The Mudcat Café TM
Thread #581   Message #564434
Posted By: Joe Offer
03-Oct-01 - 04:35 PM
Thread Name: Origins:Deportees-seeking original Woody recording
Subject: Deportee - Newspaper Article
I've been meaning to post this for quite some time, but never got around to it. This is the text of an Associated Press article from the New York Times, printed on January 29, 1948, the day after the fateful "Plane Wreck at Los Gatos Canyon." I imagine this must be the very same article that Woody Guthrie read, the one that inspired him to write "Deportee."
-Joe Offer-

From the New York Times, January 29, 1948

32 KILLED IN CRASH OF CHARTER PLANE
California Victims Include 28 Mexican Workers Who Were Being Deported

FRESNO, Calif., Jan. 28 (AP)

A chartered Immigration Service plane crashed and burned in western Fresno County this morning, killing twenty-eight Mexican deportees, the crew of three and an Immigration guard.

Irving F. Wixon, director of the Federal Immigration Service at San Francisco, said that the Mexicans were being flown to the deportation center at El Centro, Calif., for return to their country.

The group included Mexican nationals who entered the United States illegally, and others who stayed beyond duration of work contracts in California, he added. All were agricultural workers.

The crew was identified as Frank Atkinson, 32 years old, of Long Beach, the pilot; Mrs. Bobbie Atkinson, his wife, stewardess, 28; and Marion Ewing of Balboa, copilot, 33.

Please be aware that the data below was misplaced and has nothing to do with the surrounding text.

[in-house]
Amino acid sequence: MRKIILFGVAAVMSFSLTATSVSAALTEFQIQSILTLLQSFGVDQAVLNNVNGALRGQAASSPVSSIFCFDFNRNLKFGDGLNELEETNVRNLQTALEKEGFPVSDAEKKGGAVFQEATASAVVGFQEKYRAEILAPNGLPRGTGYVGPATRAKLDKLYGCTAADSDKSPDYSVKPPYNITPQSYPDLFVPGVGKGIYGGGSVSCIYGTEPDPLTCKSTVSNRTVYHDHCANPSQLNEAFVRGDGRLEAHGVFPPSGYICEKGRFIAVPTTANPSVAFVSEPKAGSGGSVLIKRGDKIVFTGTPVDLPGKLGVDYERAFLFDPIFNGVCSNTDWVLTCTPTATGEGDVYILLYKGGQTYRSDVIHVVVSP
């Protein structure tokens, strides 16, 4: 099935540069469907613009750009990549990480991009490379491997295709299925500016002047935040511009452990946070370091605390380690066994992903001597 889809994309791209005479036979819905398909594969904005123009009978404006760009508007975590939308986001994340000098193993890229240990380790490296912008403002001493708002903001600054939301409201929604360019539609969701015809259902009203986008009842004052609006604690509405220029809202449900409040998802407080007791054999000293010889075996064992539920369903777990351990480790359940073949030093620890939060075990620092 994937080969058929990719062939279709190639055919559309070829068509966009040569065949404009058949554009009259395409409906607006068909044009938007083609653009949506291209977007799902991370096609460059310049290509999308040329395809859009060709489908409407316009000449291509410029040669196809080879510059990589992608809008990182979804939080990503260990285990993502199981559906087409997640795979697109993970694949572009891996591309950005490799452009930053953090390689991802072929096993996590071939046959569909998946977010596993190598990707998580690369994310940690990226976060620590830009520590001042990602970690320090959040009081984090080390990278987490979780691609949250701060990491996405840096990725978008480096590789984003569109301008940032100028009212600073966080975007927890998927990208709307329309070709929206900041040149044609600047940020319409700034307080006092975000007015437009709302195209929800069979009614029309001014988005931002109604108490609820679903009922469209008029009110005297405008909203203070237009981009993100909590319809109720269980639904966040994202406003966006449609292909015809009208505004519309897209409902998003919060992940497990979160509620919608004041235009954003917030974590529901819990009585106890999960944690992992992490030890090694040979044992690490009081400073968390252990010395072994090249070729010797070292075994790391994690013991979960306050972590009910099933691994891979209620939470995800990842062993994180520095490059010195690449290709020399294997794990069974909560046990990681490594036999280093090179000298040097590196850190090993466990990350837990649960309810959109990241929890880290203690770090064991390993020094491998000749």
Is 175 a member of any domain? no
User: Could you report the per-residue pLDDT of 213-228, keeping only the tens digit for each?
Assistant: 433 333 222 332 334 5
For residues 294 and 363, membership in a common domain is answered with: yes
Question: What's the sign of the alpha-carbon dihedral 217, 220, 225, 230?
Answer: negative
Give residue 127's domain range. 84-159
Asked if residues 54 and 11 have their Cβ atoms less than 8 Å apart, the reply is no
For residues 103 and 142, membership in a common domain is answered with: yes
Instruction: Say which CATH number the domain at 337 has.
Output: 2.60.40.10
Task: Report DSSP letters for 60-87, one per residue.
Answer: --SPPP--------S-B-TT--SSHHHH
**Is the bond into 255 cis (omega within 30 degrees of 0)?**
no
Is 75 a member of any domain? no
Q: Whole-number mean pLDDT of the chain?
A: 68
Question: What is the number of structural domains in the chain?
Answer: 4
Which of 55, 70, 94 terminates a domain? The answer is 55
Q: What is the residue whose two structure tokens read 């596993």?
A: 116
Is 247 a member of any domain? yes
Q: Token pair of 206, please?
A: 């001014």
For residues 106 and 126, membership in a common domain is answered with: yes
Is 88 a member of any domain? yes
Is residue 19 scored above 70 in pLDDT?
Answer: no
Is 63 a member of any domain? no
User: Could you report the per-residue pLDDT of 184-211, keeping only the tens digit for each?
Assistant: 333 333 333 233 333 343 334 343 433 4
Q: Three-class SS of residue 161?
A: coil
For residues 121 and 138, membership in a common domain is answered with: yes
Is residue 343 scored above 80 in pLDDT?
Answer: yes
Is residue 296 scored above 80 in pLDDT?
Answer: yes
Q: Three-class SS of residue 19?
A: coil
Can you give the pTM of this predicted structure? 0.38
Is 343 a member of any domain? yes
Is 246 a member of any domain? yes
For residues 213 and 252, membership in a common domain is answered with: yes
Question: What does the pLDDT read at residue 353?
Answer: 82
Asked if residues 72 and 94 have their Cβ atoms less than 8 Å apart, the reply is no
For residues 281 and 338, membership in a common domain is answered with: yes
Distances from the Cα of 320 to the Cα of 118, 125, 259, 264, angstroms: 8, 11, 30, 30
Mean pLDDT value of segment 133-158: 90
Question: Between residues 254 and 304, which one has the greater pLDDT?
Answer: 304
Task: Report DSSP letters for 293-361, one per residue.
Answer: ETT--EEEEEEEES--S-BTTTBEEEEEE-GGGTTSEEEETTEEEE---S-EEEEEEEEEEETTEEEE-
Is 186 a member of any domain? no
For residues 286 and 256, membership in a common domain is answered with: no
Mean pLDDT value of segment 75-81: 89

Long Beach airport officials said that Mr. Atkinson, formerly of Rochester, N.Y., had logged more than 1,700 hours flying time as a wartime member of the Air Transport Command. The guard was identified as Frank E. Chaffin of Berkeley.

The plane, which was chartered from Airline Transport Carriers of Burbank, was southbound from the Oakland airport, when it crashed in view of some 100 road camp workers.

Foreman Frank V. Johnson said that it "appeared to explode and a wing fell off" before it plummeted to the ground. A number of those in the plane appeared to jump or fall before the aircraft hit the earth, he added.

The wreckage was enveloped in flames when the fuel tanks ignited. Not until the fire died down were rescuers able to get near the plane. By then, there was nothing to be done but to extricate the bodies.

The scene of the crash is in the mountains about twenty miles west of Coalinga, seventy-five miles from here in the rough coastal area.